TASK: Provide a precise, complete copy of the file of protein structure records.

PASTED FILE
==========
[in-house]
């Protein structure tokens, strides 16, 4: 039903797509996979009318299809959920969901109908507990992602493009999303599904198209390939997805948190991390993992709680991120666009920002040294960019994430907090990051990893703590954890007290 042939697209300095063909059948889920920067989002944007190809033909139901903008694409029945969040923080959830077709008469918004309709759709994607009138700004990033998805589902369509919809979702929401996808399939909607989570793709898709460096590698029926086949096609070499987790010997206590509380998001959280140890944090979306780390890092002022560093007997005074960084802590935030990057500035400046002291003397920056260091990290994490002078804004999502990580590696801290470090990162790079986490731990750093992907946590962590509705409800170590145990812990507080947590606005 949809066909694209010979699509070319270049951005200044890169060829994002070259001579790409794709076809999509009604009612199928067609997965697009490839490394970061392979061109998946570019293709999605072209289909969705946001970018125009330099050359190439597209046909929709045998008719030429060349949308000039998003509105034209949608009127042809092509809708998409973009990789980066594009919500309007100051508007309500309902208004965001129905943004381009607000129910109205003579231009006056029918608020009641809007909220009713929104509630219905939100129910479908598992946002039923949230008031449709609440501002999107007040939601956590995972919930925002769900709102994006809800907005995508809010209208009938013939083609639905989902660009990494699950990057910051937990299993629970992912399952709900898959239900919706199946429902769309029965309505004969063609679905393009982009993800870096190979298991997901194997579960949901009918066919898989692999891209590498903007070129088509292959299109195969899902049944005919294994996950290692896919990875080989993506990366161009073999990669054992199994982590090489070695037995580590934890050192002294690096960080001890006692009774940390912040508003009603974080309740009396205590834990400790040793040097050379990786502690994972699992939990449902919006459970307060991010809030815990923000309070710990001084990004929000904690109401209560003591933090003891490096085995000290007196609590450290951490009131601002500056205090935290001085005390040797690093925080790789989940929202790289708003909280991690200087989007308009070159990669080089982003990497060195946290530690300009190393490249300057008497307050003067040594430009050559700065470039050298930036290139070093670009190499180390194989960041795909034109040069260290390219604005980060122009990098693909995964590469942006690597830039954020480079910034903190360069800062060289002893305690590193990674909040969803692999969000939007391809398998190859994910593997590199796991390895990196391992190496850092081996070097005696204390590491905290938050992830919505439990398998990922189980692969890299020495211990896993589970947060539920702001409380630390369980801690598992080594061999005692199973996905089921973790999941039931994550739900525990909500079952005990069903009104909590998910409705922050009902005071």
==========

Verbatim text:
[in-house]
């Protein structure tokens, strides 16, 4: 039903797509996979009318299809959920969901109908507990992602493009999303599904198209390939997805948190991390993992709680991120666009920002040294960019994430907090990051990893703590954890007290 042939697209300095063909059948889920920067989002944007190809033909139901903008694409029945969040923080959830077709008469918004309709759709994607009138700004990033998805589902369509919809979702929401996808399939909607989570793709898709460096590698029926086949096609070499987790010997206590509380998001959280140890944090979306780390890092002022560093007997005074960084802590935030990057500035400046002291003397920056260091990290994490002078804004999502990580590696801290470090990162790079986490731990750093992907946590962590509705409800170590145990812990507080947590606005 949809066909694209010979699509070319270049951005200044890169060829994002070259001579790409794709076809999509009604009612199928067609997965697009490839490394970061392979061109998946570019293709999605072209289909969705946001970018125009330099050359190439597209046909929709045998008719030429060349949308000039998003509105034209949608009127042809092509809708998409973009990789980066594009919500309007100051508007309500309902208004965001129905943004381009607000129910109205003579231009006056029918608020009641809007909220009713929104509630219905939100129910479908598992946002039923949230008031449709609440501002999107007040939601956590995972919930925002769900709102994006809800907005995508809010209208009938013939083609639905989902660009990494699950990057910051937990299993629970992912399952709900898959239900919706199946429902769309029965309505004969063609679905393009982009993800870096190979298991997901194997579960949901009918066919898989692999891209590498903007070129088509292959299109195969899902049944005919294994996950290692896919990875080989993506990366161009073999990669054992199994982590090489070695037995580590934890050192002294690096960080001890006692009774940390912040508003009603974080309740009396205590834990400790040793040097050379990786502690994972699992939990449902919006459970307060991010809030815990923000309070710990001084990004929000904690109401209560003591933090003891490096085995000290007196609590450290951490009131601002500056205090935290001085005390040797690093925080790789989940929202790289708003909280991690200087989007308009070159990669080089982003990497060195946290530690300009190393490249300057008497307050003067040594430009050559700065470039050298930036290139070093670009190499180390194989960041795909034109040069260290390219604005980060122009990098693909995964590469942006690597830039954020480079910034903190360069800062060289002893305690590193990674909040969803692999969000939007391809398998190859994910593997590199796991390895990196391992190496850092081996070097005696204390590491905290938050992830919505439990398998990922189980692969890299020495211990896993589970947060539920702001409380630390369980801690598992080594061999005692199973996905089921973790999941039931994550739900525990909500079952005990069903009104909590998910409705922050009902005071």